OAKLAND — Five minutes before his Monday morning press conference, hours before tip off against the visiting Memphis Grizzlies, Warriors star point guard Stephen Curry was notified that he was a mere 10 points away from eclipsing 15,000 career points.
After five All-Star nominations, three NBA championships, and two MVP awards — one of which unanimous — Curry has made a point to not hang on his personal stats.
“It doesn’t surprise me that he wasn’t aware of it,” Warriors head coach Steve Kerr said before the game. “Guys like Steph don’t come around too often.”
At the 7:36 mark of the second quarter, Curry pulled up in transition from 31 feet to bury his second 3-pointer of the night, giving him the necessary 10 points to reach the milestone. In doing so, Curry became the fifth player in Golden State’s 79-year history to achieve said feat, following Wilt Chamberlain, Rick Barry, Paul Arizin and Chris Mullin.
“I heard the names of the other four guys, three of whom are in the rafters [at Oracle],” Curry said after the game. “It just reminds me of all of the success we’ve had over the recent years and just individual milestones and accolades come out of that.”
Before Curry’s arrival in Golden State, the Warriors had become the laughing stock of the NBA, making only one playoff appearance — the famous ‘We Believe” postseason run — since the 1994 season.
During that span, Golden State averaged 32.2 wins per year, including 29 in the 2008-09 season, which landed Golden State the No. 7 overall pick in the 2009 NBA Draft.
With that pick, the Warriors would select Curry, an undersized and overlooked guard coming out of Davidson.
“For the Warriors, he changed everything from where the team had been over the previous couple of decades,” Kerr said. “He was the foundational piece to what seeing right now and I think a major force in creating what we have today.”
With Curry’s leadership and shooting, the Warriors would begin to see the fruits of his labor in the 2012 season, as a franchise deprived of success for the better part of two decades found themselves in the playoffs after winning 47 games.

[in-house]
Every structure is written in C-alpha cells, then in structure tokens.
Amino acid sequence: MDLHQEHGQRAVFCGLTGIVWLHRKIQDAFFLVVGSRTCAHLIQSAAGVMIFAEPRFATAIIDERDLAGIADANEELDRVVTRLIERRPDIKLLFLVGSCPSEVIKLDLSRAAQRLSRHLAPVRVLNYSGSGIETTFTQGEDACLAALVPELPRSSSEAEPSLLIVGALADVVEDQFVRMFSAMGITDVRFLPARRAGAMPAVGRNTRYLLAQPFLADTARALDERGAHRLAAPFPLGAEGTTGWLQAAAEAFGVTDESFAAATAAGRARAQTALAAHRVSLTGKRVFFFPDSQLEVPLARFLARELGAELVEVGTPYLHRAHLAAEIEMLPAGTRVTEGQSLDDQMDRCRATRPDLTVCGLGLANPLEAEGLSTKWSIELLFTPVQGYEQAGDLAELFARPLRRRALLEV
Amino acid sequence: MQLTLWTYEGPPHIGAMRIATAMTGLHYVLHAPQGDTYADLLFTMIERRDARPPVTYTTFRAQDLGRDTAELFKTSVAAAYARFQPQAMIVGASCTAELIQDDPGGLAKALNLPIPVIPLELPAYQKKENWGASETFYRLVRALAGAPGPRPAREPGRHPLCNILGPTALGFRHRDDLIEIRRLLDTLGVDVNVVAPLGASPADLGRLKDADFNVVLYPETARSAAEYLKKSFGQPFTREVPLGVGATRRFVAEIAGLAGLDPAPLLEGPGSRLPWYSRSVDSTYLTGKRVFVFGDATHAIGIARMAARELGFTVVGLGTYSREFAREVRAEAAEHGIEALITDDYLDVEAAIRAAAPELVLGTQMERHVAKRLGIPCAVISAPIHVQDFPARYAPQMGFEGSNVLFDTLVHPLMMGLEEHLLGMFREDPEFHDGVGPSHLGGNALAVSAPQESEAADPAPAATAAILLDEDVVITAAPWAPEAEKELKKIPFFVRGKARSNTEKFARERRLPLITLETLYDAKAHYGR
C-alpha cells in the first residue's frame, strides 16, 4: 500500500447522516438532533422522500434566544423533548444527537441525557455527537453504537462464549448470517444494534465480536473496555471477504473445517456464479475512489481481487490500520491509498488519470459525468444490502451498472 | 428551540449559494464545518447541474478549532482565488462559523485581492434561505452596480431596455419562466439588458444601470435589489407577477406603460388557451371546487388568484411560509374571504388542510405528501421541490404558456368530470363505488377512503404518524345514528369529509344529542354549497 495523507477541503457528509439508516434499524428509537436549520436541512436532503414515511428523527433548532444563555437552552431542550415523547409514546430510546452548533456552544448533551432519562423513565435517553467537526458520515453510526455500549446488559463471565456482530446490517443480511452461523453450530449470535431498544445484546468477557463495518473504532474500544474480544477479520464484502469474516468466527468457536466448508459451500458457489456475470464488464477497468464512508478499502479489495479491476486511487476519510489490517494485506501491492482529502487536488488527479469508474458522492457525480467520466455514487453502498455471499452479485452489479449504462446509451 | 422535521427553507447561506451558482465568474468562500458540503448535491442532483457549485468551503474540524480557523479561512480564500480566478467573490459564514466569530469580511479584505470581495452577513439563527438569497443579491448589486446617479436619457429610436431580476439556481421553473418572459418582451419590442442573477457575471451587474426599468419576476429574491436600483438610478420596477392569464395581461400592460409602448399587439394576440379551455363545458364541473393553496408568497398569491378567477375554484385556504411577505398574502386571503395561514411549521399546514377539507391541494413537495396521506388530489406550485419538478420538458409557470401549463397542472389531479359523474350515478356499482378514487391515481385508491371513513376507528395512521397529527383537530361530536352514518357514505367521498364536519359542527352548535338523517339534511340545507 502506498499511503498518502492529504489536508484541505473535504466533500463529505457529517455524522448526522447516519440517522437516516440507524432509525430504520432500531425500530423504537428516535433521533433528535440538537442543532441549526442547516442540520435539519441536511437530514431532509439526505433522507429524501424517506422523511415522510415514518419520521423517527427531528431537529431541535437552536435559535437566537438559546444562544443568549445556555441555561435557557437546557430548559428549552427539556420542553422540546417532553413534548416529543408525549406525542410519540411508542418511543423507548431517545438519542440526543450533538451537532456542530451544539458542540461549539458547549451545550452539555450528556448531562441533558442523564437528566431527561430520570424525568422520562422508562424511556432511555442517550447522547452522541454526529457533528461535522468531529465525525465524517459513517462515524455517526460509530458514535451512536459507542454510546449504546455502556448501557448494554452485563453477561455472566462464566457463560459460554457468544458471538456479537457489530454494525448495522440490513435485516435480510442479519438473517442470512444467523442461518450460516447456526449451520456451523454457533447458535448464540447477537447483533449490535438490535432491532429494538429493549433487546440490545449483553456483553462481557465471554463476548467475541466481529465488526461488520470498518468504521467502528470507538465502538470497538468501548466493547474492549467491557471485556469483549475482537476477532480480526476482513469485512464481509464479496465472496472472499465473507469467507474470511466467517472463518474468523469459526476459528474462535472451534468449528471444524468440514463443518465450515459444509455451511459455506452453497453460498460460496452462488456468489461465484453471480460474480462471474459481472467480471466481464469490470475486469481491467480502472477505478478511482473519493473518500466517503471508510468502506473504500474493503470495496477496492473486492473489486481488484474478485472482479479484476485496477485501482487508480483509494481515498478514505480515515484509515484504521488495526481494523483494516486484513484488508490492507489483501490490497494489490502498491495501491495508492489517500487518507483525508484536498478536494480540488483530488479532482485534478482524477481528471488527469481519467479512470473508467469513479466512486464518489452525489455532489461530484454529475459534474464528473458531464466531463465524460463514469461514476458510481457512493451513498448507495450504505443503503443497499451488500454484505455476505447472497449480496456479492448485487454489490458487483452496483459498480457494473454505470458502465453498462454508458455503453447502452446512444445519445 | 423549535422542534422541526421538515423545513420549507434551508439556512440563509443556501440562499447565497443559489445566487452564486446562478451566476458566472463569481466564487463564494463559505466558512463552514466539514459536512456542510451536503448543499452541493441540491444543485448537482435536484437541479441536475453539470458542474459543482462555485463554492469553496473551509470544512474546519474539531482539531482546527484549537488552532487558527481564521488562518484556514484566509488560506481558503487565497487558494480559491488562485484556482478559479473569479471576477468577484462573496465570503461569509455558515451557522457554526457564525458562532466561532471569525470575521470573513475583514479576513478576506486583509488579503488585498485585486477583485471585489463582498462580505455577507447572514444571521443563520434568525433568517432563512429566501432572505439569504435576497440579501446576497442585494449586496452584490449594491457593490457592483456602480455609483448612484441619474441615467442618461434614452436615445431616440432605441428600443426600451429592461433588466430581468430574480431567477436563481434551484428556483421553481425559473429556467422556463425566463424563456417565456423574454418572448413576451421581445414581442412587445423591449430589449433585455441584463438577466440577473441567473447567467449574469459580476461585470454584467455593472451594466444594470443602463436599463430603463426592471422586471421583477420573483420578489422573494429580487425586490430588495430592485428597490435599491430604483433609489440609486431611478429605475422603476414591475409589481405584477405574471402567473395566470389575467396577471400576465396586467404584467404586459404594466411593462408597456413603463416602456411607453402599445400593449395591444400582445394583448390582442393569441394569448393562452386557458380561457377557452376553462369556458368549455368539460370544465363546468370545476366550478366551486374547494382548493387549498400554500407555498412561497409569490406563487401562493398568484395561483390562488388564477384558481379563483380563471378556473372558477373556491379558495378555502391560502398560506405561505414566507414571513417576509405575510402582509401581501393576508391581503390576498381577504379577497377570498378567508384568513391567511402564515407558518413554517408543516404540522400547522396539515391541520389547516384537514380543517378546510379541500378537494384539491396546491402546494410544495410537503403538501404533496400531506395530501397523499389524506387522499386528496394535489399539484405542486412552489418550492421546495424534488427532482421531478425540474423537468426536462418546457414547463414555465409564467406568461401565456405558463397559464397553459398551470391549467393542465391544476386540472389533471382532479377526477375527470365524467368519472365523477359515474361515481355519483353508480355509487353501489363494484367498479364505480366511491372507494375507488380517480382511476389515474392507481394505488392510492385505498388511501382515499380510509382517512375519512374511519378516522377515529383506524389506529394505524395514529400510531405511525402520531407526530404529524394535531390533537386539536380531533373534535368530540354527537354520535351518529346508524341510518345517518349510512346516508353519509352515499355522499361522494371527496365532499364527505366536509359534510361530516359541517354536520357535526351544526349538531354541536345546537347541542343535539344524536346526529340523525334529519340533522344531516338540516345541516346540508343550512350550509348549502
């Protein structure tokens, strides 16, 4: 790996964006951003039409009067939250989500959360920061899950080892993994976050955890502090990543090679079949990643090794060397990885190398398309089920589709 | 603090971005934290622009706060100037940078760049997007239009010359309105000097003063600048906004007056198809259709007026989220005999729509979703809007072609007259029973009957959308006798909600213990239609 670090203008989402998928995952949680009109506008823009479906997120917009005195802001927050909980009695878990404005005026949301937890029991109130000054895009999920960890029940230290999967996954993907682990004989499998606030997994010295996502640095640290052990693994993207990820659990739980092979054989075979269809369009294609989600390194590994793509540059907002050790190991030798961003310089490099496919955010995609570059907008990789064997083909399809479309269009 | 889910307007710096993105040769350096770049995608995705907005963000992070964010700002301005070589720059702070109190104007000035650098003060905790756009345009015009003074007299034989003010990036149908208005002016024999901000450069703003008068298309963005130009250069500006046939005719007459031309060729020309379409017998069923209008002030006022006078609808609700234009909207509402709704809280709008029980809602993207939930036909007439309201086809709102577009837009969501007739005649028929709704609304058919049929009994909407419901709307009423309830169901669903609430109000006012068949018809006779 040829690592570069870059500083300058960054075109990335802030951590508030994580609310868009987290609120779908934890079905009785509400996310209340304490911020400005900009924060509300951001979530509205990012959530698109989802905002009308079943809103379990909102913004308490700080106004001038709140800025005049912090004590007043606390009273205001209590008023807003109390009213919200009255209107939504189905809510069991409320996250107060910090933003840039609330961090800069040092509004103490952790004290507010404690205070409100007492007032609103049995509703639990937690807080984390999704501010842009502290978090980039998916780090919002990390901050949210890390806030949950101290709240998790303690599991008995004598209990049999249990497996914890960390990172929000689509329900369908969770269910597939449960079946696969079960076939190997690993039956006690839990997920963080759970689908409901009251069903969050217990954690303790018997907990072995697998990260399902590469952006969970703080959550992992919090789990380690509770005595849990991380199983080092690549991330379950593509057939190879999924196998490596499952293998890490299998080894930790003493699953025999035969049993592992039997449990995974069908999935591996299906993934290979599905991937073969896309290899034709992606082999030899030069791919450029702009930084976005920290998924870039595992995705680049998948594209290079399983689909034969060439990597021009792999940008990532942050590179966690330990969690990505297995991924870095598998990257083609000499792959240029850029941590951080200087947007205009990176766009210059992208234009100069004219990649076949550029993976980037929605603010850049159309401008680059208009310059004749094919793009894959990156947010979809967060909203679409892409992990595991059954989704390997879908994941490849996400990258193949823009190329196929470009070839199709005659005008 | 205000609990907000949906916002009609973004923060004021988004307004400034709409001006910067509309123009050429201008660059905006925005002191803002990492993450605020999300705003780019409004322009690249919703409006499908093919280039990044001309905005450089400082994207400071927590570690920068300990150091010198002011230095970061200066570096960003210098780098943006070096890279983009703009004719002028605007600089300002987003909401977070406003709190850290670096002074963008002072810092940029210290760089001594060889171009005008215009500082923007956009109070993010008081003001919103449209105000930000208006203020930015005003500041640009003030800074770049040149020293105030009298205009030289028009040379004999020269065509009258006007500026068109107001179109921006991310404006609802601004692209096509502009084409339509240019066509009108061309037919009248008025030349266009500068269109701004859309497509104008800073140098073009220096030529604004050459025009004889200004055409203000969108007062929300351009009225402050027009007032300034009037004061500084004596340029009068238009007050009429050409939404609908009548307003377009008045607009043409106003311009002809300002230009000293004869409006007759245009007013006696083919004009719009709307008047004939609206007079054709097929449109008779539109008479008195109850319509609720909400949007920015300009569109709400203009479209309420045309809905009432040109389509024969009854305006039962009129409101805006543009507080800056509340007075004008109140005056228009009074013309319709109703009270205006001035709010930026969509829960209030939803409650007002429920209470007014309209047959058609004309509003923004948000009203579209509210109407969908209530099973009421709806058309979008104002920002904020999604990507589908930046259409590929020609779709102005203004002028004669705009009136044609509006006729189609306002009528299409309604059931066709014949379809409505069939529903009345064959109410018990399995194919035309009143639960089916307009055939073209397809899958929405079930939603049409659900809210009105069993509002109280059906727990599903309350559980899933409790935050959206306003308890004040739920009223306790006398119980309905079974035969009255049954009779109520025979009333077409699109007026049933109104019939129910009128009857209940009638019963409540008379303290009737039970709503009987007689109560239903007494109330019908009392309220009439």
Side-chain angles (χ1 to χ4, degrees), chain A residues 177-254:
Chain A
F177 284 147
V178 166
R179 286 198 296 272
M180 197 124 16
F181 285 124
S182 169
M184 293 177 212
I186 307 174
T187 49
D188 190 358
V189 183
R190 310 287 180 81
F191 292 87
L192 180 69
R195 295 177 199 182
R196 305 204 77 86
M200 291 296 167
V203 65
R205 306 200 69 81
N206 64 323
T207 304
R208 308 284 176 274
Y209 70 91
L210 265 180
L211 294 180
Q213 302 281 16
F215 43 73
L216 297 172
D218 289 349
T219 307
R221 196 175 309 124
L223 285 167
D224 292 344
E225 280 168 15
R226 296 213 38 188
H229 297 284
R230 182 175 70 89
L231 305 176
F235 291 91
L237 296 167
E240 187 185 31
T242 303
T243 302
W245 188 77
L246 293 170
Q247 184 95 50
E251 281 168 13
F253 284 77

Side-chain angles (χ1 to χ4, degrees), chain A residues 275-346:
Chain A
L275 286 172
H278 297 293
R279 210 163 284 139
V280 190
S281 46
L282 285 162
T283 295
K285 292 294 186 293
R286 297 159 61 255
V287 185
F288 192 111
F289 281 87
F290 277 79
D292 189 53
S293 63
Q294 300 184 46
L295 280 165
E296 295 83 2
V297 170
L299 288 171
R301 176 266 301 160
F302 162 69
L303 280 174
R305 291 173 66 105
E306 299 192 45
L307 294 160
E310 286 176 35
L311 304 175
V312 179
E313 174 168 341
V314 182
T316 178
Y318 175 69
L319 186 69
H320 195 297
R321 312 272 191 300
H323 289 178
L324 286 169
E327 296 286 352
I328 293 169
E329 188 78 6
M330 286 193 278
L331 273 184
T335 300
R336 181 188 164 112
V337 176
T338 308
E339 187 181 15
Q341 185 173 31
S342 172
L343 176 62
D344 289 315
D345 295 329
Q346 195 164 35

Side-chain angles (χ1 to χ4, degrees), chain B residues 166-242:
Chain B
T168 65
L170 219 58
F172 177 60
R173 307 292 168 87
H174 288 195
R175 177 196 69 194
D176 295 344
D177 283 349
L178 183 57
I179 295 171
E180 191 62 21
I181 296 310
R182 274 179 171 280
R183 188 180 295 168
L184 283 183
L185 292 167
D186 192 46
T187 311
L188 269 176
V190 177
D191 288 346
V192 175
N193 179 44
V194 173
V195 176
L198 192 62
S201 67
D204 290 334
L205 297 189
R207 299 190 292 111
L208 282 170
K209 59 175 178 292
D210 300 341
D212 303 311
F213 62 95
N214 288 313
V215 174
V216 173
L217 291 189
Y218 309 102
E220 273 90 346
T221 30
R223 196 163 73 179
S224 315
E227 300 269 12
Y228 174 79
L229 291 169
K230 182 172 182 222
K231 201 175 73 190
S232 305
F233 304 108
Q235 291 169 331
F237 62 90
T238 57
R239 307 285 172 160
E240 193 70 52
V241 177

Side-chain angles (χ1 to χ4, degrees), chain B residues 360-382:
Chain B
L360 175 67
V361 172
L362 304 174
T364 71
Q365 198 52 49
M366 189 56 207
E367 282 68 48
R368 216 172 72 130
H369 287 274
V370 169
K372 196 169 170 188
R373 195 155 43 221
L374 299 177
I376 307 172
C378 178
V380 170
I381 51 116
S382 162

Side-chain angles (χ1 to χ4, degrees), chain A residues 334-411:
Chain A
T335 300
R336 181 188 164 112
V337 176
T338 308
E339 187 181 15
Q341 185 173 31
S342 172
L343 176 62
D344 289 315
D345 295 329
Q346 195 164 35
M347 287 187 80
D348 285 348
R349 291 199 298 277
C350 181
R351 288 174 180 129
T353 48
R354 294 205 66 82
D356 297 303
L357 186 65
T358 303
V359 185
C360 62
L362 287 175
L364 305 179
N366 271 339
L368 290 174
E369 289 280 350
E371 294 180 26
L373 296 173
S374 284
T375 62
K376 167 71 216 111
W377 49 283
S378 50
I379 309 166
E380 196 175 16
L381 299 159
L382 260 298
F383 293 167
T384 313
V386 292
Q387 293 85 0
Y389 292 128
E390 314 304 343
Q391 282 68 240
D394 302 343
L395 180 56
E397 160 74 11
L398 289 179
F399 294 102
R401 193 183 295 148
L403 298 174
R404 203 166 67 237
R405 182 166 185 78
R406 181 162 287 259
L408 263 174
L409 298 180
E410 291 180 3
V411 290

Since then, Golden State has become the standard of the NBA, hoisting three Larry O’Brien trophies and even winning an NBA-record 73 games in 2016. His shooting has even forced video game developers to go back to the drawing board.
“He works so hard. He’s such a great leader,” said Klay Thompson, who was drafted by the Warriors two years after Curry in 2011. “He just exudes so much confidence and joy that you root for guys like Steph.
“I’ve been with him for eight years and I couldn’t have asked for a better point guard … I would not be where I’m at today without him. I’m very thankful for what he’s done.”
Kevin Durant, rather than reflecting on the milestone itself, simply marveled at what Curry does every day in practice.
“It’s more exciting just seeing him come to work every day and work on his game,” Durant said. “I don’t want to take what he does on the court for granted, but I’m just a sucker for watching guys while they work, while the lights are lower than usual. He’s one of those guys that puts in the work every single day and produces … It’s an honor to take the court with him.”
For Curry, while the personal success is nice, the pursuit of a fourth ring trumps all as the Warriors look to make their fifth-straight NBA Finals appearance in June.
“It’s hard to really put it in perspective to be honest,” Curry said. “Just in terms of we’re still in the moment; still grinding, still on the journey. Eventually when it’s all said and done, hopefully a long time from now, I’ll be able to really reflect on what that means.
“It’s beyond my wildest imagination, when I was first drafted here, what this could all mean.”